Offering a sigh where a scream would be more appropriate..
In late November 2015, I picked up an Uber passenger.
As was par for the shift, the first sentiment she expressed upon entering the car was gratitude for the warmth because it was so cold outside — startlingly so. At some point, Tuesday’s temperature dropped the way a person’s mood can, subsequently affecting the moods of everyone within the radius of that change.
I felt a certain dread regarding what the weather forebode because I’m not particularly enthused about this year’s holiday season. Other passengers felt a sort of dismay as well, likely because walking down Bostonian sidewalks last winter felt like walking through snow-sculpted war trenches as deep as the average man is tall.
But instead, this passenger was nervous.
She was going to a wake. But she didn’t like going to wakes or, more appropriately, she didn’t believe in them. “I don’t want to look at him like that to have to say goodbye to him,” she said, noting that her friends and family didn’t share her perspective.
I suddenly remembered not going to a wake when I was a teenager because I didn’t want to see the person that way. I got scolded for refusing to go. But that was an experience that taught me how true it is that a person’s grief is as intimate as the heartbeat. I told the passenger as much and then we just talked for the five-minute trip.
She shared a funny road rage story that pulled a laugh out of me with both hands.
Then she asked me if I had heard about a particular shooting that happened last week. I had, and I remembered that shooting because it happened in a neighborhood that I don’t usually think of as a hotspot for violence. “Was he a friend of yours?” I asked.
“Not the kind of friend I’d see every day. Just drinking buddies. I still have some of his voicemails,” she said.
There is a strange phenomenon surrounding inner city violence that I personally refer to as “dramacide.” It’s just a moment when someone tries to add a dramatic touch to an already traumatic incident like a violent death. I think there are varied reasons for this, ranging from insecurity and immaturity to just trying to cope with the shock. That’s also likely why one neighborhood I grew up in, Dorchester, was nicknamed “Deathchester.” And Mattapan was called “Murderpan.”
The antithesis of dramacide, however, is just completely downplaying the effect of a tragedy — the offering of a sigh where a scream would be more appropriate. And I kind of felt like that’s what this passenger was doing. I suppose that’s because she seemed just a little bit happier in that split second when she spoke about the voicemails that she still had. It was the kind of moment that reminded me how when I was young, inner city pain only felt worthy of noting if it reminded me of something I’d seen in a movie.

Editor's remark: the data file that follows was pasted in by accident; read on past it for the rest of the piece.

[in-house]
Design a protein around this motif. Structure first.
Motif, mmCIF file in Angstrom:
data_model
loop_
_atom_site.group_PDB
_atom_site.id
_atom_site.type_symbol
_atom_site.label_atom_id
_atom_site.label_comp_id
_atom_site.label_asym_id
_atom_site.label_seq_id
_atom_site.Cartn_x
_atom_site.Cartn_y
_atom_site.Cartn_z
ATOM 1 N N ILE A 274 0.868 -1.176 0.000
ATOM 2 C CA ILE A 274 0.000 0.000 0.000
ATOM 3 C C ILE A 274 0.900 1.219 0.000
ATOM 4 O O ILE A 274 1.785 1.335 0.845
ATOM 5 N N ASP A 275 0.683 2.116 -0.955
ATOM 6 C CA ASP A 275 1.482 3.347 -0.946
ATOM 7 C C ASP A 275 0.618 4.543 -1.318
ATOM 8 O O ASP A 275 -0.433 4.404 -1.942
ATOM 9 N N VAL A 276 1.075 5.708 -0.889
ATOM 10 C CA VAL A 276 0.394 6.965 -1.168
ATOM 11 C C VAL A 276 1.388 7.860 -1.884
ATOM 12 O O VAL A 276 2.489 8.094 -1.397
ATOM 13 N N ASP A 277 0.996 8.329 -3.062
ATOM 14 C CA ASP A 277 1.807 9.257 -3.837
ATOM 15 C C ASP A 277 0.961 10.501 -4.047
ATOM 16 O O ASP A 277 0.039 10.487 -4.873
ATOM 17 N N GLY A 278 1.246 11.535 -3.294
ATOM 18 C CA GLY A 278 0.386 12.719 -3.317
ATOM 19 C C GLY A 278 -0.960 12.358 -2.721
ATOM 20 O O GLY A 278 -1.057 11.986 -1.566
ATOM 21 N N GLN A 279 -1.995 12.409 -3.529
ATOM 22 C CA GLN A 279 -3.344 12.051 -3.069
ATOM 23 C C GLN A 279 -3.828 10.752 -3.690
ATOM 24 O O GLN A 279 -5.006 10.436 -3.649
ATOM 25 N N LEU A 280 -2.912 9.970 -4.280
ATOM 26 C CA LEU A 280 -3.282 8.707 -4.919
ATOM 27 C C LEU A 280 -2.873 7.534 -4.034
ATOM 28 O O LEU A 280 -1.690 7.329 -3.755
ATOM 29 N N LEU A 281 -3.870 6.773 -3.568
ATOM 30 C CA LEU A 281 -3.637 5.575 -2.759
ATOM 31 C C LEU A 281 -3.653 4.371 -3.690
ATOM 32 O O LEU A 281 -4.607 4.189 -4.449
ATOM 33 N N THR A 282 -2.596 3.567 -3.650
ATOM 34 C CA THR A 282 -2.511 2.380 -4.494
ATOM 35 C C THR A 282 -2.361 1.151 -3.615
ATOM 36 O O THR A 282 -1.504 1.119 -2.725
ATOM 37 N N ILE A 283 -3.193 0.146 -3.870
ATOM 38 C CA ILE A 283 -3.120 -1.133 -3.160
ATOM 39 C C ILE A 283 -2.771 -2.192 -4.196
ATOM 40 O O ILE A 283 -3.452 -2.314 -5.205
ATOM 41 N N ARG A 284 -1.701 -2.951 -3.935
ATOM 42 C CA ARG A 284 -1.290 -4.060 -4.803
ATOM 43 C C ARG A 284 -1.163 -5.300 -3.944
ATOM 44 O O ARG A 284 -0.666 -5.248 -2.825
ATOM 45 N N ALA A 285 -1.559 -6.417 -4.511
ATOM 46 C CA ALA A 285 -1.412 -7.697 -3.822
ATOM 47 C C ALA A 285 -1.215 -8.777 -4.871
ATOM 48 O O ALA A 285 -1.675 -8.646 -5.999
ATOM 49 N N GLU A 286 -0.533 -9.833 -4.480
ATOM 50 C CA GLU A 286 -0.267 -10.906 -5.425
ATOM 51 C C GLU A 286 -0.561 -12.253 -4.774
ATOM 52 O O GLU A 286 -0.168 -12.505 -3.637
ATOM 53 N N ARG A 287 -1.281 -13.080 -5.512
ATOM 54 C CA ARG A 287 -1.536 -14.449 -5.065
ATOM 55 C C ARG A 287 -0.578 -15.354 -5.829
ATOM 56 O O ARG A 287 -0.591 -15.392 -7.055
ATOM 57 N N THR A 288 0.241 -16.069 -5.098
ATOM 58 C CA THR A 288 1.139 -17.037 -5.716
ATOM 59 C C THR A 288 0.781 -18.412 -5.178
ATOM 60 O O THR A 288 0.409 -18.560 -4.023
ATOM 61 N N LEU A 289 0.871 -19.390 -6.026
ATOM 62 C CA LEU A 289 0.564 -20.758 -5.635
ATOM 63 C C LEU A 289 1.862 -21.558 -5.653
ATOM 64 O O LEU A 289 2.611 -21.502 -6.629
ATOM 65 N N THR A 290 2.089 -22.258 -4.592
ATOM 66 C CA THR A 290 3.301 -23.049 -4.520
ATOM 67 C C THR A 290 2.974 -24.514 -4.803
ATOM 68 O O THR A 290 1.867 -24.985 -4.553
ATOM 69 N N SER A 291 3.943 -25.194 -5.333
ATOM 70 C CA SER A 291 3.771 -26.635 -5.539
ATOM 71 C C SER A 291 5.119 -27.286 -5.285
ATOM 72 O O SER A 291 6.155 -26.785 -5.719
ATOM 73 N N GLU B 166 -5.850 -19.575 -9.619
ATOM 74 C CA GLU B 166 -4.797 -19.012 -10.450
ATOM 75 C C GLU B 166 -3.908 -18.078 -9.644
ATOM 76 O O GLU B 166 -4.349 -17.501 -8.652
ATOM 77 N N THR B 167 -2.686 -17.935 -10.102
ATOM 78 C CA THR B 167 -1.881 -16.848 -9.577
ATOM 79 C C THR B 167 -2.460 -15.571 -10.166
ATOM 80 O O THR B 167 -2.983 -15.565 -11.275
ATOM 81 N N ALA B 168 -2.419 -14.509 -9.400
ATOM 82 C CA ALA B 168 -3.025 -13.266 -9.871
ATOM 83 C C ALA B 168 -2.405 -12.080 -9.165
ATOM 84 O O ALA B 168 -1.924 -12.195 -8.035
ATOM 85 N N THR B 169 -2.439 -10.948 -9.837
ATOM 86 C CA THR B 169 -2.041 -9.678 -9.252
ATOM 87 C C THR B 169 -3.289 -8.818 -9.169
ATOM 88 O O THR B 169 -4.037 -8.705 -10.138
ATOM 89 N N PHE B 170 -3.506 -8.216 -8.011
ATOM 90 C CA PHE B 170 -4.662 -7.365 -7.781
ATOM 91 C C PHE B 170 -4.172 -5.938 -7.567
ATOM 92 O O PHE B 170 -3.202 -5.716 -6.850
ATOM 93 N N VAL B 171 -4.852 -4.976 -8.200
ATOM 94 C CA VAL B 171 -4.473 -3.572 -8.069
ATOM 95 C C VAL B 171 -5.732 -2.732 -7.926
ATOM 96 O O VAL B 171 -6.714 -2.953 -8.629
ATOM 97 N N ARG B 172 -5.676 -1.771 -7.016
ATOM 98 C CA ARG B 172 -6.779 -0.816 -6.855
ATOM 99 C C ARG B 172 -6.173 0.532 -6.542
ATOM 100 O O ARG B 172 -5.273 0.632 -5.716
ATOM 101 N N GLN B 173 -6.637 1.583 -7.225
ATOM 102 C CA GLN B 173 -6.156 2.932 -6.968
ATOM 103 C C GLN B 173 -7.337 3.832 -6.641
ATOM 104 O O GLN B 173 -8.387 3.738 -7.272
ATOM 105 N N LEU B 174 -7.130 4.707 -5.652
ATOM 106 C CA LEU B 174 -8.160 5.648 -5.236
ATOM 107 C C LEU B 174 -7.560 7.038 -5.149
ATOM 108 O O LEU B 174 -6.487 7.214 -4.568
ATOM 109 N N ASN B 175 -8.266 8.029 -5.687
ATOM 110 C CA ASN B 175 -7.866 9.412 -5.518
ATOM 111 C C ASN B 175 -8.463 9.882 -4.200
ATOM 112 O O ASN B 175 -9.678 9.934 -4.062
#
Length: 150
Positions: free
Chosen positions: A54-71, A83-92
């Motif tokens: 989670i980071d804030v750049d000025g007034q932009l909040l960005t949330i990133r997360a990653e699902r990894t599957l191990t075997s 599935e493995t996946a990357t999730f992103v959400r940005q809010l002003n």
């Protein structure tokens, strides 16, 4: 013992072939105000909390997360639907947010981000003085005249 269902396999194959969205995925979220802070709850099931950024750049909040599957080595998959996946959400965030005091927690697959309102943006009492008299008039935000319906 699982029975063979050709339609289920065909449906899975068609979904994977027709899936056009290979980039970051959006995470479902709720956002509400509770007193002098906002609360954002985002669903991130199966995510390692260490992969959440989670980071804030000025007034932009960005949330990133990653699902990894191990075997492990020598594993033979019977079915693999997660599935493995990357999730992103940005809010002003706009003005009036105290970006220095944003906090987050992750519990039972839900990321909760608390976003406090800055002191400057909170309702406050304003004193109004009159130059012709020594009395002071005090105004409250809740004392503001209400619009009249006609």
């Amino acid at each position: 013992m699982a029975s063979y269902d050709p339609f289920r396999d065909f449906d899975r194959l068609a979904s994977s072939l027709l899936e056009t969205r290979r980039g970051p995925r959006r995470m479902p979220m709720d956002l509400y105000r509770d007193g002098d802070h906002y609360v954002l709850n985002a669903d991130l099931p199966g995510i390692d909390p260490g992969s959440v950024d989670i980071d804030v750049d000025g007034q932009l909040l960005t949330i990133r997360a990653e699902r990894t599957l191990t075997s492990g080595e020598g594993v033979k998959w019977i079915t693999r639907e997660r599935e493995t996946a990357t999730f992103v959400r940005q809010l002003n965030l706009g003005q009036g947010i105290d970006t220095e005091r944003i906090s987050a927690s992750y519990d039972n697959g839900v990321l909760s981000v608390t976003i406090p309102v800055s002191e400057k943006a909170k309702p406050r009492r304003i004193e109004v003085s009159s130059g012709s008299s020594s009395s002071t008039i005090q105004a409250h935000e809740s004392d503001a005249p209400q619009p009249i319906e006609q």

Ironically, one of the most haunting inner city deaths for me happened to someone I only knew for the length of a football game or two. I don’t remember how old I was. But I remember that he was 15, and I felt cool for getting to hang out with someone as old and mature as a 15-year-old. He asked me my name and, most importantly, didn’t pick on me which happened a lot when I was young. Instead, we just watched football on television — and I felt like we were just two guys. It was a great Saturday afternoon with a complete stranger — a boy who was the son of one of my adult cousin’s friends.
Sunday morning, my father came into my room and said, “That kid you were hanging out with yesterday died last night. He was shot on his porch — died in his father’s arms.”
The news from my father never felt real until the next day when I saw a strange woman crying in the newspaper, and my adult cousin holding her.
Still, that’s not a story I really talk about because I wasn’t there when he died. I didn’t know him personally. I actually don’t have a word for what our brief time together was. All I know is that I’m more than twice his age now and he still matters to me, even today when I can’t remember his name and never asked my cousin because I was honestly afraid to.
When we reached the funeral home, I told the passenger that she could just sit and take a few breaths. She did, and decided she would put on makeup. And then she left.
The psychedelic side of writing stories is that I don’t always write them to explain what happened. Sometimes, I write them to find out what happened. To find a slower pace in a fast world, and take a meticulous look at who I am in a moment. I sat in the car for a bit, after the passenger had left, wondering what I was thinking and feeling — but failing to discover it.
But, now that I’ve sat down and written myself up to this moment, I realize that I was afraid — for some reason I was truly scared that that five-minute Uber ride, and that passenger, were going to stick with me for the rest of my life … the same way that 15-year-old dead boy does.
Photo Credit: Kyle May/Flickr